DETROIT — Built for the postseason, the Detroit Tigers are taking off in the playoffs after struggling to get there.
Detroit gained its first World Series berth since 2006 with an 8-1 victory Thursday that swept the punchless New York Yankees from the American League Championship Series in four games.
Tigers starter Max Scherzer took a no-hitter into the sixth inning, and Jhonny Peralta hit two of four Detroit home runs.
The Yankees were swept in a playoff for the first time since the Kansas City Royals knocked them out of the 1980 ALCS in three games.
Detroit will play the winner of the National League Championship Series between the San Francisco Giants and the St. Louis Cardinals when the World Series opens in the NL park Wednesday. St. Louis beat Detroit in the 2006 World Series after the Tigers had nearly a week’s wait.
“We’ve got a plan in place that I didn’t want to talk about because I didn’t want to put the cart before the horse,” Tigers manager Jim Leyland said. “I don’t want to disclose it now, but I can assure you we won’t be sitting around for five or six days waiting.”
Scherzer struck out 10 batters in 5 2/3 innings to spotlight a brilliant turn through the rotation by Detroit pitchers. Phil Coke finished his third straight game with two innings of shutout, hitless relief after Leyland shelved closer Jose Valverde following two consecutive postseason meltdowns.
Tigers designated hitter Delmon Young, who batted .353 (6-for-17) with two homers and six RBI, was a unanimous selection as the series MVP.
“Our pitching carried us throughout the whole playoffs,” Young said. “We didn’t need to score five or six runs a game. With the zeros they were putting up, one or two runs was a lot.”
New York scored in just three of 39 ALCS innings, forcing manager Joe Girardi to junk his regular lineup after only two games.
“There’s a lot of good hitters in that room,” Girardi said of his clubhouse, “and to be able to shut them all down is kind of surprising to me.”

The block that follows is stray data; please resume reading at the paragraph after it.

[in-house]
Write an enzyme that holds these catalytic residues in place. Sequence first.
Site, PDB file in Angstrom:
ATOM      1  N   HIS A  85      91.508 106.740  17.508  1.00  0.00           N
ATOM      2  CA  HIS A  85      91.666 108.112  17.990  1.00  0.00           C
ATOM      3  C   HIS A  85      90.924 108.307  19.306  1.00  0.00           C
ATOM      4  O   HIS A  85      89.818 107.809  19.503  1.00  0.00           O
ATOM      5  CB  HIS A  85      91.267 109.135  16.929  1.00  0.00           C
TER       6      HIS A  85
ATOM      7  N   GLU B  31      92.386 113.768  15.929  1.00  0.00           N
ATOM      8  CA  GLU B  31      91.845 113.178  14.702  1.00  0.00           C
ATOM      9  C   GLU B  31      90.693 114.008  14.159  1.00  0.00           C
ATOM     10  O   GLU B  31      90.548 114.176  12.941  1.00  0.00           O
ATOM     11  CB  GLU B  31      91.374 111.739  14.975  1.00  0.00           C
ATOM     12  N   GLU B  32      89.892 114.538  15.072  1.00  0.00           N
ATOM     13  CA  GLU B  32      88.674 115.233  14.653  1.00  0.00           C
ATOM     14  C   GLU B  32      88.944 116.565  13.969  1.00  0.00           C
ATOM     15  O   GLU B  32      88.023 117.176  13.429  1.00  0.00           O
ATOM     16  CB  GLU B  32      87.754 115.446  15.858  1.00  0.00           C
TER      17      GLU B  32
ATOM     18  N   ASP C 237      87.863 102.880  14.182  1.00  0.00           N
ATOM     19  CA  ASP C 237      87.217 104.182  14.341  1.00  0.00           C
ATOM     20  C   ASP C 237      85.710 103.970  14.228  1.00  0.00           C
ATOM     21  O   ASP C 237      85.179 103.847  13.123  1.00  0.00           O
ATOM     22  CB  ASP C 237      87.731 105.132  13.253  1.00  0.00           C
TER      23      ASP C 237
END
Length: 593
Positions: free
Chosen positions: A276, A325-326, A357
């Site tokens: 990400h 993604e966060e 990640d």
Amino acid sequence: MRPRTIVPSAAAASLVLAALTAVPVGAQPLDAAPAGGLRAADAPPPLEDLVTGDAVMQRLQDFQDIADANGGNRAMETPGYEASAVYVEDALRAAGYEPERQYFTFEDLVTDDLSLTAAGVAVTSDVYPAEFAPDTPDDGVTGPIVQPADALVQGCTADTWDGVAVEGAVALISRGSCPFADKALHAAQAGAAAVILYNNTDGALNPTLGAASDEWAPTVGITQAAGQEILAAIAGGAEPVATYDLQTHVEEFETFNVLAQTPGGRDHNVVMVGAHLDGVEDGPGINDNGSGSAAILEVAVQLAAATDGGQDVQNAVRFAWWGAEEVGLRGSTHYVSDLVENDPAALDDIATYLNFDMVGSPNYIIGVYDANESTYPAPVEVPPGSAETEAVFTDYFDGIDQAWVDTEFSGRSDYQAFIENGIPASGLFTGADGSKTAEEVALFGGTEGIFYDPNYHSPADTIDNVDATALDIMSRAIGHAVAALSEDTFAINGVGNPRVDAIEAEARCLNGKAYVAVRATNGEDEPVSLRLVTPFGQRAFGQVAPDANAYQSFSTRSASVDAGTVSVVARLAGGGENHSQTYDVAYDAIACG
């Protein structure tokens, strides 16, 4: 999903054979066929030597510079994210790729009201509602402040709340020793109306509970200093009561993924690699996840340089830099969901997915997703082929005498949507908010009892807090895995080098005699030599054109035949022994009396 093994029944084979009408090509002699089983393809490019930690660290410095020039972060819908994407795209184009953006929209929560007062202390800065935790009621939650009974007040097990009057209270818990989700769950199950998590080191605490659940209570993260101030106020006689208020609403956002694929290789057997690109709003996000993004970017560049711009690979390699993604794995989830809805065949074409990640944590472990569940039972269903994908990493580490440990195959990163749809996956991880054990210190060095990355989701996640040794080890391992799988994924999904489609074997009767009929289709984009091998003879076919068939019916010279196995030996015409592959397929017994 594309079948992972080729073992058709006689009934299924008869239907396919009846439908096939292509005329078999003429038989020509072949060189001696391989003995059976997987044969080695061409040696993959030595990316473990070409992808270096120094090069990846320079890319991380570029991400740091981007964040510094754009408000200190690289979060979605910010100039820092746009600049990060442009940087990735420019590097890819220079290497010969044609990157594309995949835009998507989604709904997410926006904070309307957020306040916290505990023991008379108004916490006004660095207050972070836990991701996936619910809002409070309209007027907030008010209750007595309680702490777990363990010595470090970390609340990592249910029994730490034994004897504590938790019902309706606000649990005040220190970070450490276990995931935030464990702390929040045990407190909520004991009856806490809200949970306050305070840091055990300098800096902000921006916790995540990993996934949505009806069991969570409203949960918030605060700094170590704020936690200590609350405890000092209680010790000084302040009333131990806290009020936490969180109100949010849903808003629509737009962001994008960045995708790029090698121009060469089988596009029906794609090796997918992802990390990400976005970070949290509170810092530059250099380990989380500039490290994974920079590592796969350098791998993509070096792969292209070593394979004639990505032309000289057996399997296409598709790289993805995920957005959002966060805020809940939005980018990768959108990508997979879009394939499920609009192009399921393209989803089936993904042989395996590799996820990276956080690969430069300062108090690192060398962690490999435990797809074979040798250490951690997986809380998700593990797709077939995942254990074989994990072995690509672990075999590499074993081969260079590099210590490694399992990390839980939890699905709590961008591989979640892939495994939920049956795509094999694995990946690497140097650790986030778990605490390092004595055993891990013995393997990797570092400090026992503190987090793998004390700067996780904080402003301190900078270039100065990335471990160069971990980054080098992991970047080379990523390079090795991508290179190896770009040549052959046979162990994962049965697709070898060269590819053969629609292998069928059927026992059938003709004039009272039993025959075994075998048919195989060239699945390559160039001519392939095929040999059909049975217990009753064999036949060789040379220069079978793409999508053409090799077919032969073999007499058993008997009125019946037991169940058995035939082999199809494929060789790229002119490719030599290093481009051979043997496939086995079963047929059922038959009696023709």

Yankees third baseman Alex Rodriguez, who finished 3-for-25 (.120) with 12 strikeouts in the playoffs, didn’t start either of the last two games. He came off the bench Thursday to pinch-hit for Raul Ibanez against lefty Drew Smyly and flied to center. He later grounded to short.
“That’s why I sent him up there,” Girardi said, citing Rodriguez’s good stats against lefties all year. “He’s swung the bat off them pretty good all year long. Didn’t happen.”
Yankees center fielder Curtis Granderson, 3-for-30 (.100) with 16 postseason strikeouts, did not start the last game. He struck out as a pinch hitter.
New York right fielder Nick Swisher, 5-for-30 (.167) with 10 whiffs since the regular season ended, was not in the Game 3 starting lineup. His sixth-inning double drove in the Yankees’ only run in Game 4.
Detroit pecked out single runs in the first and third innings off a struggling CC Sabathia, then exploded for four in the fourth on a pair of two-run home runs by Miguel Cabrera and Peralta.
However, it was the armed forces of the Detroit starters that kept New York from getting into the series. The Yankees hit 245 home runs during the regular season and three against the Tigers. Two came in the ninth inning of Game 1, by Ichiro Suzuki and Ibanez. The other, by Eduardo Nunez, came off Justin Verlander in the ninth inning of Game 3.
Doug Fister worked six scoreless innings in the first game, Anibal Sanchez allowed three hits in seven scoreless innings of the second game, Verlander didn’t allow a run until Nunez’s home run in Game 3, and Scherzer faced two batters over the minimum through five innings of Game 4 (a two-out error plus a walk in the third).
“A little luck, some pretty good pitching and a couple of hits at the right time,” Leyland said. “Sometimes you get on a roll that’s pretty good.”
Nunez hit a hanging slider for his sixth-inning triple leading off the sixth Thursday. One out later, Swisher came through with an RBI double. Leyland removed Scherzer for Smyly after the starter walked Mark Teixeira with two outs.